As city of Seattle employees come forward with complaints of sexual harassment, discrimination and intimidation, Mayor Jenny Durkan and members of the Seattle City Council announced a full review of the city’s harassment and discrimination policies Thursday.
“Harassment is an issue that we know has been prevalent in every kind of work situation, and I know that our City employees have reported suffering discrimination and harassment, including racial and sexual harassment, in the workplace,” Durkan said in an email to all city employees.
From almost the moment she took office in late November, Durkan has been frustrated with how the city handles discrimination and harassment complaints. City policies on the reporting and settling of sexual-harassment complaints have not been updated since a 1994 ordinance. “At any given time as the mayor if I said — ‘Do we have a problem with sexual harassment? How many complaints have been brought?’ — no one could answer that,” Durkan told Crosscut in an interview earlier this month. “They were settling things in darkness.”
Additionally, the city has struggled with specific complaints from city employees. In Seattle City Light, more than 40 women complained of sexism in a September report by The Stranger newspaper. Two women security guards for the library recently settled their sexual harassment claims, which ended in them leaving their jobs. A Crosscut series reported on a group of mostly women employees, called the Seattle Silence Breakers, who are organizing in the face of what they perceived as weak accountability in the city. At the same time, however, the city’s own human resources department is wracked with allegations of a “toxic” and “hostile” work environment.
Last week, Seattle City Councilmember Lisa Herbold called on Mayor Durkan to review the city’s policies.
Durkan earlier announced she was eliminating the practice in many individual city departments — such as City Light and the Department of Transportation — of independently reaching their own settlements in harassment cases. In December, she instructed the city’s various departments to give the central Seattle Department of Human Resources 30-days notice before settling any sexual harassment complaint. The action was just a step, she wrote Thursday, toward “tightening our complaint reporting requirements.”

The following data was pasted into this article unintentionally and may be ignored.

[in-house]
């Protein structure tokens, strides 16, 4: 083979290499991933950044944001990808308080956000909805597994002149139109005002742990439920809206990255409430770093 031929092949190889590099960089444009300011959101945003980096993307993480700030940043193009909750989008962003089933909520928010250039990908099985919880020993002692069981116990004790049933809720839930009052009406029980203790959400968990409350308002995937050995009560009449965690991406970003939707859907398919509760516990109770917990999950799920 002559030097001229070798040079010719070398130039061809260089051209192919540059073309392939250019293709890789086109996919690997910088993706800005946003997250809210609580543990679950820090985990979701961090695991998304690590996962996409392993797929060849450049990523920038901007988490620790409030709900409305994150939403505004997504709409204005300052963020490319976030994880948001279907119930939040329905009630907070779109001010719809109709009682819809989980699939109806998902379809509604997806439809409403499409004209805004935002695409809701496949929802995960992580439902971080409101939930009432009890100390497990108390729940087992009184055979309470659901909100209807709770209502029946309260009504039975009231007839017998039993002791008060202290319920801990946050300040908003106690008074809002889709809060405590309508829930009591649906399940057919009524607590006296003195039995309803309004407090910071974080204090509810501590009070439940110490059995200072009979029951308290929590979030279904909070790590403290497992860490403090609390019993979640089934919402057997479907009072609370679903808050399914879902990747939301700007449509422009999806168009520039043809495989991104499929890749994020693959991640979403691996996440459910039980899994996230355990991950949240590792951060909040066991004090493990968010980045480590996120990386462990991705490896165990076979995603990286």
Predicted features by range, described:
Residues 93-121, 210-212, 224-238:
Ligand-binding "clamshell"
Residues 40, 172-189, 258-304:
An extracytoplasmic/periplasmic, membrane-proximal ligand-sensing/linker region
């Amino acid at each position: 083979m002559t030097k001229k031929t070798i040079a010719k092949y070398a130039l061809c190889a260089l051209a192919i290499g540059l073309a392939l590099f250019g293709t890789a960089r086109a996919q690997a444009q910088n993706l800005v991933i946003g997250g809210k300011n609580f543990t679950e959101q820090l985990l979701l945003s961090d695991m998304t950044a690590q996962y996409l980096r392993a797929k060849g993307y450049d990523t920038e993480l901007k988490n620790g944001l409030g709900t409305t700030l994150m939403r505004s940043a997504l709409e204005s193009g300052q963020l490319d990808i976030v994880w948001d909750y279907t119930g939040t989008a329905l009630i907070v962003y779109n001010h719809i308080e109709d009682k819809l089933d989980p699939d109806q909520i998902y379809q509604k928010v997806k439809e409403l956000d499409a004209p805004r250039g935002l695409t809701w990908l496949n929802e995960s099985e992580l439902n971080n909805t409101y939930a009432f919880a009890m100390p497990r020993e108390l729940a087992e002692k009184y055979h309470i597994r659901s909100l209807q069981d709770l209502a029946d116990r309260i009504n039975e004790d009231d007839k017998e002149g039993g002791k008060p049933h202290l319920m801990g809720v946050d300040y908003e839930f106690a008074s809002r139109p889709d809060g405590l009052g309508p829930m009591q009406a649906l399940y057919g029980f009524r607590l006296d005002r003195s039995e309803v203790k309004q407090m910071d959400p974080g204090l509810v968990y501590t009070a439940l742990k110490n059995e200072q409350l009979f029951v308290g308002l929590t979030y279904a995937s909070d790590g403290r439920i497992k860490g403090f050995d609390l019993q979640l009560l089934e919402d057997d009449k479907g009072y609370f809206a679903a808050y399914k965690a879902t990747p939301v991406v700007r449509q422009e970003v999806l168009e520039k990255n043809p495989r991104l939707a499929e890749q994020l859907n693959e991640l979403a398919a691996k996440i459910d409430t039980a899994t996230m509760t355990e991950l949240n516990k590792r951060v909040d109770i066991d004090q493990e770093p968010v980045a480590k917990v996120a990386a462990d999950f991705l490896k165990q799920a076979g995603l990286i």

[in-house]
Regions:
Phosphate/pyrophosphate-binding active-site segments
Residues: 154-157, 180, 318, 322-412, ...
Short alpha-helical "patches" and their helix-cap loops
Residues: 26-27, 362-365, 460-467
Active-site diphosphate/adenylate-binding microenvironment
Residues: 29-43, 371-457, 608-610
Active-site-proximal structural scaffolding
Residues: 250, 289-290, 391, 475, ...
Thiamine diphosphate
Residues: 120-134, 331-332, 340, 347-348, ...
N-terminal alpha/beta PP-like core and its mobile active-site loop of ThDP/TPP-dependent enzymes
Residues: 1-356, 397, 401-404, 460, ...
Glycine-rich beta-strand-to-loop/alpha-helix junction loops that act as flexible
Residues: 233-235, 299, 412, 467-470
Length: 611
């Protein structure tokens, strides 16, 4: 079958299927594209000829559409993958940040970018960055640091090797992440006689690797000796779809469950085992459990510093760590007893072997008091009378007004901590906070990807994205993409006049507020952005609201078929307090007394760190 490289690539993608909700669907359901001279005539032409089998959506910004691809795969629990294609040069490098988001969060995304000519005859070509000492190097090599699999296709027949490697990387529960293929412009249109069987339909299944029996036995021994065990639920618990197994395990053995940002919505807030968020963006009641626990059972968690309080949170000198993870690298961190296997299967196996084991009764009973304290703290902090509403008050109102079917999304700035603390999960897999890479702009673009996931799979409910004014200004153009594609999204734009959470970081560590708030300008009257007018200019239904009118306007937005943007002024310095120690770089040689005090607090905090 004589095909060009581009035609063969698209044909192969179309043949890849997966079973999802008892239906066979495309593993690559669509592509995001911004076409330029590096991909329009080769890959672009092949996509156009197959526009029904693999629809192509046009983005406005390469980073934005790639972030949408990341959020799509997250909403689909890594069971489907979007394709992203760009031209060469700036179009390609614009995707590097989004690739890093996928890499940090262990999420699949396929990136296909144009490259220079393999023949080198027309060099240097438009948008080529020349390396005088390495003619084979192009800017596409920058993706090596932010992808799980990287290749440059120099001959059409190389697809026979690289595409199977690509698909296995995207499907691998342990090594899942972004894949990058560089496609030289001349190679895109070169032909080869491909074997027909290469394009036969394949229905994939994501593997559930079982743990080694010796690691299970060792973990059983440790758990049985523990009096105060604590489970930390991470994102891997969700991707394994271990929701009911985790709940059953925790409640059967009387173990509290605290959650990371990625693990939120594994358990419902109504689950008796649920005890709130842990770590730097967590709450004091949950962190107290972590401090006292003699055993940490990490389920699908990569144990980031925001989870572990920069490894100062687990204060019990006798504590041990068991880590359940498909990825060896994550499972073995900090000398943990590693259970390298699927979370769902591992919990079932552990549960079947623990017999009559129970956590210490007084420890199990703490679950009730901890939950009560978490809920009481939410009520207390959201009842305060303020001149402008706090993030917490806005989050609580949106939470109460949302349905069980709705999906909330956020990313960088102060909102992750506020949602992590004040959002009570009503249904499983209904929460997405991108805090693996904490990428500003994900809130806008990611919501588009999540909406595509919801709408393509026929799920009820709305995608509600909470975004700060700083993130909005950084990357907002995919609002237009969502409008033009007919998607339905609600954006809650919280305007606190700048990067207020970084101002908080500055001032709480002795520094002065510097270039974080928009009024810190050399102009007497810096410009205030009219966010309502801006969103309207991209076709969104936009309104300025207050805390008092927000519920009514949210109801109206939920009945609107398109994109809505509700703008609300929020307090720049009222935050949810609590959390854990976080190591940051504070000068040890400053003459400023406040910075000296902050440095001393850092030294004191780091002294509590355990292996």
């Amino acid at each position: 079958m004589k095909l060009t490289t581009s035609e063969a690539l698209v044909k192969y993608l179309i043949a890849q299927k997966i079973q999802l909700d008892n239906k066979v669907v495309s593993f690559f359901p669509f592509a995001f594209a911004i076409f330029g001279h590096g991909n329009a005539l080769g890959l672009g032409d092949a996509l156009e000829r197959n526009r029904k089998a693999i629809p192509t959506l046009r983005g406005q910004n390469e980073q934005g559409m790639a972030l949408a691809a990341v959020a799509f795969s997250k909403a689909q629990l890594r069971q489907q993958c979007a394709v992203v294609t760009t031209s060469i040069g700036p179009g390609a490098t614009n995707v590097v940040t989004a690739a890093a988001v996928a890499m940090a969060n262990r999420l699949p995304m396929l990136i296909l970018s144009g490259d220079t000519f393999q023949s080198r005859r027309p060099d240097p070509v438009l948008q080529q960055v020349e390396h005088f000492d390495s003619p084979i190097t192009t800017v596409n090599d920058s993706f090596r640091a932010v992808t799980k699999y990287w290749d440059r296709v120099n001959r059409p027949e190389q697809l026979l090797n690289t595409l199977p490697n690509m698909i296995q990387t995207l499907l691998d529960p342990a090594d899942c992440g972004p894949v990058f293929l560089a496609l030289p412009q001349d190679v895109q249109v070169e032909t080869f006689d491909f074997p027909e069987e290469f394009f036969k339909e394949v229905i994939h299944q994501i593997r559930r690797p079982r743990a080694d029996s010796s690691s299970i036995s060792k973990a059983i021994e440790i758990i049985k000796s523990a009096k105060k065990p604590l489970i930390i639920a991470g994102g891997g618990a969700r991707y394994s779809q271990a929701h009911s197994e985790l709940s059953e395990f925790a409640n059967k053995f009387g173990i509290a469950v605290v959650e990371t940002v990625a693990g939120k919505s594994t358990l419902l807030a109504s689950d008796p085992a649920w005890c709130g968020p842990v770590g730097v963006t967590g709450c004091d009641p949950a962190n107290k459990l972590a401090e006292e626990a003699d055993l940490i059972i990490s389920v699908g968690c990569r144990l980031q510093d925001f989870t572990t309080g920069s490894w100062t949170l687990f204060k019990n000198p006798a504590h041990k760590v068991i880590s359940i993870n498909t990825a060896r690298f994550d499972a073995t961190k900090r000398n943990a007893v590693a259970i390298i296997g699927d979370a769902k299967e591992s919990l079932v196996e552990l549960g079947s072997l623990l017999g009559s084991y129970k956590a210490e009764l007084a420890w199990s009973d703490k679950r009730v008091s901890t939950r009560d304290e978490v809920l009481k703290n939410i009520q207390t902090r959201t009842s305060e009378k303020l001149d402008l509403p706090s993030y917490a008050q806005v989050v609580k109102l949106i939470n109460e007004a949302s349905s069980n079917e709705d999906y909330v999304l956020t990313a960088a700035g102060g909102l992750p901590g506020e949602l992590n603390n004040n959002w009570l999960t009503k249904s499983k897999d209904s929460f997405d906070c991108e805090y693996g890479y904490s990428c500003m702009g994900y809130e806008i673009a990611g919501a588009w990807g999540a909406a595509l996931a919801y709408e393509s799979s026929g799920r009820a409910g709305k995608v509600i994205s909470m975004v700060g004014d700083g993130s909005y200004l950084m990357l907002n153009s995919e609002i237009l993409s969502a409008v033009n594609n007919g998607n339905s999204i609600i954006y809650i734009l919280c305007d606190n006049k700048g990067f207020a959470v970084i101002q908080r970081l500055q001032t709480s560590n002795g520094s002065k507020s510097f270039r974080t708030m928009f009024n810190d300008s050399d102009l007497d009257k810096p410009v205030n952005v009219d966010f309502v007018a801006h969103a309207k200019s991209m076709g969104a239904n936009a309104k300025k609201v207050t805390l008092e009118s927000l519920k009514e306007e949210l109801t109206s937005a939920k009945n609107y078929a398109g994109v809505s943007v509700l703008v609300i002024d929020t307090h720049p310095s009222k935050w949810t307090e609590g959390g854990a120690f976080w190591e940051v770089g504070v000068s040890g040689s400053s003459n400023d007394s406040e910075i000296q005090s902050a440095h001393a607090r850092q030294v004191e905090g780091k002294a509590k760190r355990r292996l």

Durkan on Thursday expanded on that initial action. The anti-harassment training all new employees must undergo will now be required for all city employees on an annual basis. The city will also add questions about harassment and staff attitude in a yearly "race and social justice" survey it conducts of city employees.
Additionally, the city will form a citywide anti-harassment team that will include employees in the mayor’s office, Councilmember Teresa Mosqueda and labor representatives. The group will be tasked with drafting recommendations on changes to training, reporting mechanisms and personnel rules. The recommendations are due in May.
Councilmember Lorena González, whose background includes work as a civil rights attorney, said in a statement, “The City of Seattle, as a large employer, must take seriously our own responsibility to ensure that our employees feel safe and heard when they step forward to break the silence." The city employees an estimated 12,000 people.
In interviews this week, two city employees, including one who specifically mentioned not voting for Durkan, told Crosscut they were optimistic with how the new mayor was reshaping the environment in the city. One described already feeling more welcome as a woman in high-level city meetings than during the administration of Ed Murray, who resigned in early September under pressure over allegations of sexual abuse decades ago.